Coat of arms of Württemberg

Coat of arms of the
Kingdom of Württemberg

Middle arms, with main Duchy's arms only
Crest King's helm and Crown
Escutcheon Per pale: on the dexter, the shield of Württemberg, on the sinister, the shield of Swabia
Supporters On the dexter, a black lion crowned; on the sinister, a gold deer
Motto Furchtlos und trew (Fearless and loyal)
Other elements Surrounded by laurel and palm branches

The coat of arms of the Kingdom of Württemberg shows an impalement of the three black antlers that represent Württemberg on the dexter (viewer's left) side; and the three black lions passant of medieval Swabia on the sinister (viewer's right) side, both on a gold field.[1]

It was formally adopted by King William on 30 December 1817,[2] lasting between 1817 and 1922, occasionally seen on state flags of this period.[2]

This version derived from the escutcheon found in the centre of the much larger and more elaborate coat of arms that was used when Württemberg was elevated to the status of a kingdom in 1806. Württemberg had recently acquired several territories under the mediatisation system, and incorporated their heraldries into its arms, resulting in an overcomplicated design. This caused the need to choose something much simpler, and the 1817 arms had the two essential elements – 3 lions for the whole region of Swabia, and 3 antlers for its largest ruling dynasty.

By 26 December 1816, the Kingdom had also settled on the colours red and black for its flag; gold and black being too similar to the ruling Habsburg dynasty of Austria, and red and gold being the colours of Würzburg, their allies in the Napoleonic Wars.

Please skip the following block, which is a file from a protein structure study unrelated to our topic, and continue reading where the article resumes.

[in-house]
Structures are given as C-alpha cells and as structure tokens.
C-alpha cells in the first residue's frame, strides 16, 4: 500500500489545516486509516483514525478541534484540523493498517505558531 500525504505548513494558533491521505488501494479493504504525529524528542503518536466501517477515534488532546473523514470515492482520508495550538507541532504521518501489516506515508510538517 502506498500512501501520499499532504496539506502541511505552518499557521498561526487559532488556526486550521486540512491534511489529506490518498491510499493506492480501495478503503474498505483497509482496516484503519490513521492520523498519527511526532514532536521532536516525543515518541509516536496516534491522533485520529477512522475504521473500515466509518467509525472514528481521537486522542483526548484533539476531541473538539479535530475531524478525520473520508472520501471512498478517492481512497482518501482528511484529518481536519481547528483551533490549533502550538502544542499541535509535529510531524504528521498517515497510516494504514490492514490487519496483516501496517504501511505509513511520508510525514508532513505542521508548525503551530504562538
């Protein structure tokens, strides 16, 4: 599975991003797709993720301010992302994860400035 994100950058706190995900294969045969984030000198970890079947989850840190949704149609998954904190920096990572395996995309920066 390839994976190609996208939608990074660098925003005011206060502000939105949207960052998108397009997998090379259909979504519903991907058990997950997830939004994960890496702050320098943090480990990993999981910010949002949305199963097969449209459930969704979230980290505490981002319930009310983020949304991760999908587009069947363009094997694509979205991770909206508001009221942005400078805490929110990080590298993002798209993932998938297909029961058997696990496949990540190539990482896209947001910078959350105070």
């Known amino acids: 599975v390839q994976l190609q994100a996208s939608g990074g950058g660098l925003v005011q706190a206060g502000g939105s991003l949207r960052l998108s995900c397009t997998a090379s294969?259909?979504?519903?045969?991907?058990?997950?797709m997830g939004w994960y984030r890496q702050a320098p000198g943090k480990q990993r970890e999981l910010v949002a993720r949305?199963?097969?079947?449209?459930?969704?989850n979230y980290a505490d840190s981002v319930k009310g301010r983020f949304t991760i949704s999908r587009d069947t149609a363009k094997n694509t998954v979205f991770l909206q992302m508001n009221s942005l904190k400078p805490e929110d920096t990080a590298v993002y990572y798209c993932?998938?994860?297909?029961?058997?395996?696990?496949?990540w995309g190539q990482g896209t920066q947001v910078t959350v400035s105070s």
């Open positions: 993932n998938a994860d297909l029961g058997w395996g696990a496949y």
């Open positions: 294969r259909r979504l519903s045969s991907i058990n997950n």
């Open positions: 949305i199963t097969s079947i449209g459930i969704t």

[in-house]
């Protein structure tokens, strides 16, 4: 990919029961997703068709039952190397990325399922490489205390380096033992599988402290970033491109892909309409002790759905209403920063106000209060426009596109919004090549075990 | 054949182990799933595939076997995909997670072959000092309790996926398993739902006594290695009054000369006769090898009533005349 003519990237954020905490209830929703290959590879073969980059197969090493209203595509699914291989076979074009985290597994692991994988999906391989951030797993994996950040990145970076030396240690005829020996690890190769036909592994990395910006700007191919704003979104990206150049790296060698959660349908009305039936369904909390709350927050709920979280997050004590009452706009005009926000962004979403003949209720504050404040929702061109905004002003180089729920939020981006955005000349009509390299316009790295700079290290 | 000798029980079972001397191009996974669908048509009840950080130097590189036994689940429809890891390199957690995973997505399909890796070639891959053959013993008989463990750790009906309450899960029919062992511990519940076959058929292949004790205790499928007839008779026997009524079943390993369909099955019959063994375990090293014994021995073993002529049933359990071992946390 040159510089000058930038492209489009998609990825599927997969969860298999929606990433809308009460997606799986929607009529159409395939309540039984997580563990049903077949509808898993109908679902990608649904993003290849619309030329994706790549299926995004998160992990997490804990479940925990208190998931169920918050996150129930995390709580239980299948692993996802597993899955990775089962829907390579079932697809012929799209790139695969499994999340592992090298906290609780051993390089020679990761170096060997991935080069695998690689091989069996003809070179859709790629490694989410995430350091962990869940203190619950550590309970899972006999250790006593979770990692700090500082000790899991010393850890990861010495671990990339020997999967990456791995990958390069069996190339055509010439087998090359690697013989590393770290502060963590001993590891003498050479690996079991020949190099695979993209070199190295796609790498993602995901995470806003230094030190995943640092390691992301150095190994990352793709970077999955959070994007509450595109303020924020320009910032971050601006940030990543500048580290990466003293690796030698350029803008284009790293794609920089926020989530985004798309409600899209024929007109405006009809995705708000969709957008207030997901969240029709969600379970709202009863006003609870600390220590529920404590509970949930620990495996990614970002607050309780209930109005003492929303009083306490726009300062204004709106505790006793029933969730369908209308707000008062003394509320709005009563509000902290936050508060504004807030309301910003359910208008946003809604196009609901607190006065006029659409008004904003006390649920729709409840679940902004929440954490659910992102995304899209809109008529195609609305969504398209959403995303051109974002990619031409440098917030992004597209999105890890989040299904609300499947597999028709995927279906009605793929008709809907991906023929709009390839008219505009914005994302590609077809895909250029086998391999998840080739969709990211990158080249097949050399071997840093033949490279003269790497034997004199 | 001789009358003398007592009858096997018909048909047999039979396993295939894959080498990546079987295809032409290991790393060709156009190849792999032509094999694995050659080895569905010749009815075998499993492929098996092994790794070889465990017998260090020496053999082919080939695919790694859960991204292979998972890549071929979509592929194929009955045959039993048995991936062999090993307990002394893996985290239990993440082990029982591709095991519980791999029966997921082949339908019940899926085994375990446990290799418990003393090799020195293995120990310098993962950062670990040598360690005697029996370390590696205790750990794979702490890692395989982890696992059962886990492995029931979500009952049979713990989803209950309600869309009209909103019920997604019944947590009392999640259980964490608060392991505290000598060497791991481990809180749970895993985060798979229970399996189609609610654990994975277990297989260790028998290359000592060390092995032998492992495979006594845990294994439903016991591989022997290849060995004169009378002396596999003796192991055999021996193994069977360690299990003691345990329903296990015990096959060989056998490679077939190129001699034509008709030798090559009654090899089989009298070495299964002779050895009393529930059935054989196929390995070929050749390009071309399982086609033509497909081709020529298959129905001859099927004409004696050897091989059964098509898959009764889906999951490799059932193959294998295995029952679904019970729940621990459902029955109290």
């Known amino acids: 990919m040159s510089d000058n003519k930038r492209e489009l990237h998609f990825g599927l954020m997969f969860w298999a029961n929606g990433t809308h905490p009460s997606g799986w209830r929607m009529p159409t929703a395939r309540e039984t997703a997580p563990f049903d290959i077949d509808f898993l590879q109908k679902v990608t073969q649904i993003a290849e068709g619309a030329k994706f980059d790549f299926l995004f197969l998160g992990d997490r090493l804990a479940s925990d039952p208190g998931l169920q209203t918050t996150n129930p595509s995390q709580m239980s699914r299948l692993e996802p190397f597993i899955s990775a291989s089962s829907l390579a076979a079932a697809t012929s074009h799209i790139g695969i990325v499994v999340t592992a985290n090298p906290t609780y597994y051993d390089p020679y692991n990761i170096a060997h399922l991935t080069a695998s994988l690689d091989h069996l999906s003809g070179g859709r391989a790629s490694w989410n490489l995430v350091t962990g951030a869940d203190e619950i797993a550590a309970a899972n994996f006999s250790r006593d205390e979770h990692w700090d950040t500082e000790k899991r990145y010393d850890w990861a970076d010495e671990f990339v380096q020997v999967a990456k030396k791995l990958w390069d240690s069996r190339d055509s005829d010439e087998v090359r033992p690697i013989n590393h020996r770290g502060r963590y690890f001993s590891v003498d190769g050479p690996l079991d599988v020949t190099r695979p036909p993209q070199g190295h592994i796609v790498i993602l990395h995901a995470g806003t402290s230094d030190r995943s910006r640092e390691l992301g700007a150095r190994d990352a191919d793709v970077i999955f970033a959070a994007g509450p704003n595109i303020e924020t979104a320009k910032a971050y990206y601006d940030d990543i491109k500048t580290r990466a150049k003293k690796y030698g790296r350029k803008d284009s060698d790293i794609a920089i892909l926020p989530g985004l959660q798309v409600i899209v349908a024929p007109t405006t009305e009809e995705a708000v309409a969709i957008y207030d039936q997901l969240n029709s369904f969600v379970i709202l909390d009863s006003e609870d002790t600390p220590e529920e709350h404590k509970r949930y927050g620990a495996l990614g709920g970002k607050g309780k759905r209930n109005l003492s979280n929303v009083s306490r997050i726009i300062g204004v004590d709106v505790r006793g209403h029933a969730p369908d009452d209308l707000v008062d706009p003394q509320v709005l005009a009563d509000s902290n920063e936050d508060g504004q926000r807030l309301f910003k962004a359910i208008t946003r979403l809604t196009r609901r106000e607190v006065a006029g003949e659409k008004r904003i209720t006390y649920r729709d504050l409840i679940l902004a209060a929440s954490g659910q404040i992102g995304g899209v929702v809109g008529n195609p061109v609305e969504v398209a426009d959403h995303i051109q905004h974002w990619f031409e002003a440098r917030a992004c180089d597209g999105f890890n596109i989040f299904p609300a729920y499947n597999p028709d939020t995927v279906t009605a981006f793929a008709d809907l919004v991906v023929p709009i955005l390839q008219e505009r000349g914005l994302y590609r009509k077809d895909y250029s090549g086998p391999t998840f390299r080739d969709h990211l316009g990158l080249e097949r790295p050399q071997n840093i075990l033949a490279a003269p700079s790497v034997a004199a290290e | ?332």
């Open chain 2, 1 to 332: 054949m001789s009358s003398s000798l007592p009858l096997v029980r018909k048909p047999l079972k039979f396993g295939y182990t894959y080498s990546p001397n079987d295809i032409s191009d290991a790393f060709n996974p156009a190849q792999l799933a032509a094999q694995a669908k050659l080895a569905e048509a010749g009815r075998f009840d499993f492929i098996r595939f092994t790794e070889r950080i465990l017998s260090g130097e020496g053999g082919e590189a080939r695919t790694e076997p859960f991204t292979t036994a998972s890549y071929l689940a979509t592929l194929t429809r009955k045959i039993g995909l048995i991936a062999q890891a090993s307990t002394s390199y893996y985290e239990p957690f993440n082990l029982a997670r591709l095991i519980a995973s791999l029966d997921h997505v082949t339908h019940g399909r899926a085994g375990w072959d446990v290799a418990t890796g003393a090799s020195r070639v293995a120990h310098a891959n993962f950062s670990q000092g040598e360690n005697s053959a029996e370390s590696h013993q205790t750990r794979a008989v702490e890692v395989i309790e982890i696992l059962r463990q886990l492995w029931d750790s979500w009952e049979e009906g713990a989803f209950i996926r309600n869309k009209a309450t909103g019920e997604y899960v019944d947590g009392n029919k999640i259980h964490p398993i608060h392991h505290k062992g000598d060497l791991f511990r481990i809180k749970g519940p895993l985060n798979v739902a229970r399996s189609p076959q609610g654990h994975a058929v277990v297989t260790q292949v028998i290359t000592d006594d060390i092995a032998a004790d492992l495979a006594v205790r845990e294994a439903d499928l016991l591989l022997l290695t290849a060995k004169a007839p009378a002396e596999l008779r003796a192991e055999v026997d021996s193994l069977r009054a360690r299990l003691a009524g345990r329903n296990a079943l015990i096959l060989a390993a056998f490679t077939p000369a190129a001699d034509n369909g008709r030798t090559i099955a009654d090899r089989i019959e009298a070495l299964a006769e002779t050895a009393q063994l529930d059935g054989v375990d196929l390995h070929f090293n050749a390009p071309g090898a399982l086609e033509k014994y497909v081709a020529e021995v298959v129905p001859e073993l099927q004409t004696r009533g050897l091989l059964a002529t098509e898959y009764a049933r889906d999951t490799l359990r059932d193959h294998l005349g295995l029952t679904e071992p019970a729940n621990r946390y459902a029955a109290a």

The ducal arms 1495−1806 [3]

The deer antler motif had been used for at least five centuries previously by the Counts of Württemberg. From 1495 the royal dukedom's coat of arms included the 4 quarters shown below. Their symbolism is:



Other quarterings were added in the 18th century.

The arms used after 1918

After the abdication of the last king in 1918, the Free People's State of Württemberg continued to use the three antlers motif and the former kingdom's flag on its coat of arms. Today, the larger version of the Coat of arms of Baden-Württemberg includes the three Swabian lions and a small shield on top with the three antlers of Württemberg. The arms can also be seen in the trademark of Porsche, a local car firm.

During the Nazi era, the state of Württemberg became virtually defunct due to the de facto transformation of Germany from a federal to a unitary state. Yet Württemberg adopted a new coat of arms which was a slightly modified version of the Republican arms.

After the defeat of Nazi Germany in World War II, Württemberg was split into two successor states along the borders of the occupation zones: Württemberg-Baden in American-administered Germany, which also included the northern part of Baden, and Württemberg-Hohenzollern in the French occupation zone, which also included the Prussian territory of Hohenzollern. Both states adopted their own flags and coat of arms. They joined the Federal Republic of Germany in 1949 and were subsequently merged with South Baden into the present-day state of Baden-Württemberg in 1952.


See also


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